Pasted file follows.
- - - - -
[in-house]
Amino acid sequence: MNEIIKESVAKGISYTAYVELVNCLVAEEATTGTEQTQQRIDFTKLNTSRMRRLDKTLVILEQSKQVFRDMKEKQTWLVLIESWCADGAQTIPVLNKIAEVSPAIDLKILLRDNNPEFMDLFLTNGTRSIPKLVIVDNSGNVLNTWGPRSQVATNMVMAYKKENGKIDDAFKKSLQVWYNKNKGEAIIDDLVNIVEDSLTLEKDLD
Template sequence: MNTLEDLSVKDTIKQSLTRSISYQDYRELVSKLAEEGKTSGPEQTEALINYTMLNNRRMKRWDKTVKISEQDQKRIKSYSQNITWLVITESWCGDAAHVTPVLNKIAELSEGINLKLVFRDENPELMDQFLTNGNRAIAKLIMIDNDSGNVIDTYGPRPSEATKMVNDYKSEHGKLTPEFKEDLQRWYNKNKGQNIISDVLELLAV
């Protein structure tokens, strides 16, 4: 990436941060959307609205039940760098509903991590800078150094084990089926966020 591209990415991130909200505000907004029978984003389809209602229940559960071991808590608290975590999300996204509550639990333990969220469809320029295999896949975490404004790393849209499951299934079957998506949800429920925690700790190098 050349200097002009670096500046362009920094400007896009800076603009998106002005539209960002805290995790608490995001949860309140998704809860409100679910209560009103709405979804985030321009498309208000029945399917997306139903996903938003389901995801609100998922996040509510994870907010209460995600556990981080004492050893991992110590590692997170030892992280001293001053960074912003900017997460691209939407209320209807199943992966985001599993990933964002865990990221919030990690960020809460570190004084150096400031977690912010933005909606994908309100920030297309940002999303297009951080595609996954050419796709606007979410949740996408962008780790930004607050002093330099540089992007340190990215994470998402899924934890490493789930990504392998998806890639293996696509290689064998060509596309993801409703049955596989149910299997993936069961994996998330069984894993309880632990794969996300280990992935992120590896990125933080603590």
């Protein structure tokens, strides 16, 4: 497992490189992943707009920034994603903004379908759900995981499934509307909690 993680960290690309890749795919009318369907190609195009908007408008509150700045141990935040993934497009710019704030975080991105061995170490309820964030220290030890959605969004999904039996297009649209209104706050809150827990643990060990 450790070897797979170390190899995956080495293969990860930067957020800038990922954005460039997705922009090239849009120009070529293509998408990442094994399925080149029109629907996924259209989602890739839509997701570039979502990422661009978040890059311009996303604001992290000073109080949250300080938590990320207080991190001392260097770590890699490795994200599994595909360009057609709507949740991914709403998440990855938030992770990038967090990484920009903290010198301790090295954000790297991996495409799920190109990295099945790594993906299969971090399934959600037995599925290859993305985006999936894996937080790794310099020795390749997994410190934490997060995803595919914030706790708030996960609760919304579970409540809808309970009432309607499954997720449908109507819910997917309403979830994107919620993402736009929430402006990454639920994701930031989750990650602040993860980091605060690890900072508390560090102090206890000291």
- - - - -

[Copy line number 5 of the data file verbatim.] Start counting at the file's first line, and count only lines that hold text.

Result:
């Protein structure tokens, strides 16, 4: 497992490189992943707009920034994603903004379908759900995981499934509307909690 993680960290690309890749795919009318369907190609195009908007408008509150700045141990935040993934497009710019704030975080991105061995170490309820964030220290030890959605969004999904039996297009649209209104706050809150827990643990060990 450790070897797979170390190899995956080495293969990860930067957020800038990922954005460039997705922009090239849009120009070529293509998408990442094994399925080149029109629907996924259209989602890739839509997701570039979502990422661009978040890059311009996303604001992290000073109080949250300080938590990320207080991190001392260097770590890699490795994200599994595909360009057609709507949740991914709403998440990855938030992770990038967090990484920009903290010198301790090295954000790297991996495409799920190109990295099945790594993906299969971090399934959600037995599925290859993305985006999936894996937080790794310099020795390749997994410190934490997060995803595919914030706790708030996960609760919304579970409540809808309970009432309607499954997720449908109507819910997917309403979830994107919620993402736009929430402006990454639920994701930031989750990650602040993860980091605060690890900072508390560090102090206890000291």